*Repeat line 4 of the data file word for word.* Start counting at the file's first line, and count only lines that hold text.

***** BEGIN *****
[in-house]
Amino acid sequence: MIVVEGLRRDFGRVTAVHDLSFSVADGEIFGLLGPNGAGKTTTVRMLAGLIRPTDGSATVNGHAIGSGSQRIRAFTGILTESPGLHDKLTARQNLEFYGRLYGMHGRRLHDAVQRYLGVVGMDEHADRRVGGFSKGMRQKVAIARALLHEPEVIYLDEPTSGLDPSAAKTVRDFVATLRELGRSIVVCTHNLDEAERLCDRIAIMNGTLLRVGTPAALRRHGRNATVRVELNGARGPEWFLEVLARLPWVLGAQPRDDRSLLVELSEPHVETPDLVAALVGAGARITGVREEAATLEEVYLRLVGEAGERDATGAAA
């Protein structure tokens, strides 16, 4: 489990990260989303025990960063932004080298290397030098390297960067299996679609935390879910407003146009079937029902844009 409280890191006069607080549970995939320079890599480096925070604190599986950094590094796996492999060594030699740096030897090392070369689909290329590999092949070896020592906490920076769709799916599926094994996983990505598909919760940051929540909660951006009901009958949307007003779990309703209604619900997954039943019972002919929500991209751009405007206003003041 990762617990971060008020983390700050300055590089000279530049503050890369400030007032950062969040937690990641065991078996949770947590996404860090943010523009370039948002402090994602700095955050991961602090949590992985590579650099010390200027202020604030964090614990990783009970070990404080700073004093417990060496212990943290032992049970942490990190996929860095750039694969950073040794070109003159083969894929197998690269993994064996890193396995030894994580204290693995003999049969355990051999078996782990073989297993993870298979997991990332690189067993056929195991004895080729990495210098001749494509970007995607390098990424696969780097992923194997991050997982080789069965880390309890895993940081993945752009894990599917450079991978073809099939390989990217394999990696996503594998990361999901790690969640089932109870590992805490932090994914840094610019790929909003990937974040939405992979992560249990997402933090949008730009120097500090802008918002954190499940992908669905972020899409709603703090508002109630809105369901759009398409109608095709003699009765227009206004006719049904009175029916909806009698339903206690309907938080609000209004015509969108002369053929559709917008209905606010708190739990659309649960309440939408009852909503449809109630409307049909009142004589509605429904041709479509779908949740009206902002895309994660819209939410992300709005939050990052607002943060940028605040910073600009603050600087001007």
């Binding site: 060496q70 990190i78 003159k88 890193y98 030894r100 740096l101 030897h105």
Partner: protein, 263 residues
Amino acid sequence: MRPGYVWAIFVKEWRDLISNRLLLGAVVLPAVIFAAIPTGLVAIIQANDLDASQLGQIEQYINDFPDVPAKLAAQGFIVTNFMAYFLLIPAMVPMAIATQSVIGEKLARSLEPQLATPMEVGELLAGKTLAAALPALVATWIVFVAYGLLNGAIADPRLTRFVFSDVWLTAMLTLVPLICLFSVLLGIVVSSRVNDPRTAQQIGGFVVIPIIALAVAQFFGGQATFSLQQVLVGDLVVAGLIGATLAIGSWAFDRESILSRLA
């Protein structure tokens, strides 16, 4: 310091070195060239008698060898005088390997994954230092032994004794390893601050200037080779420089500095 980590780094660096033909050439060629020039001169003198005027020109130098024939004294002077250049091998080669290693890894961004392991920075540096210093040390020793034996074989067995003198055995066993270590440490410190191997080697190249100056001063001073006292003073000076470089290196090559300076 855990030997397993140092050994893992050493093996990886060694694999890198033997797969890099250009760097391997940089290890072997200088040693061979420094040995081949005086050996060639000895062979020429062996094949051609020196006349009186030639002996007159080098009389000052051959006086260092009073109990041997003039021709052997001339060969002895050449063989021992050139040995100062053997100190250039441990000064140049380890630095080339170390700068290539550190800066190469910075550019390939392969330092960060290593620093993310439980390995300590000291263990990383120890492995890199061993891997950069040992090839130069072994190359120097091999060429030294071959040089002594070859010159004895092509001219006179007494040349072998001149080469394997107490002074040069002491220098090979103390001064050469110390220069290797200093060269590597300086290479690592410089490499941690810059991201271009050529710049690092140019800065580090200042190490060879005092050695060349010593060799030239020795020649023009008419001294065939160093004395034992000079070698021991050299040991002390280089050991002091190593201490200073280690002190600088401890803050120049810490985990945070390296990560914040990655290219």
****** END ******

């Binding site: 060496q70 990190i78 003159k88 890193y98 030894r100 740096l101 030897h105």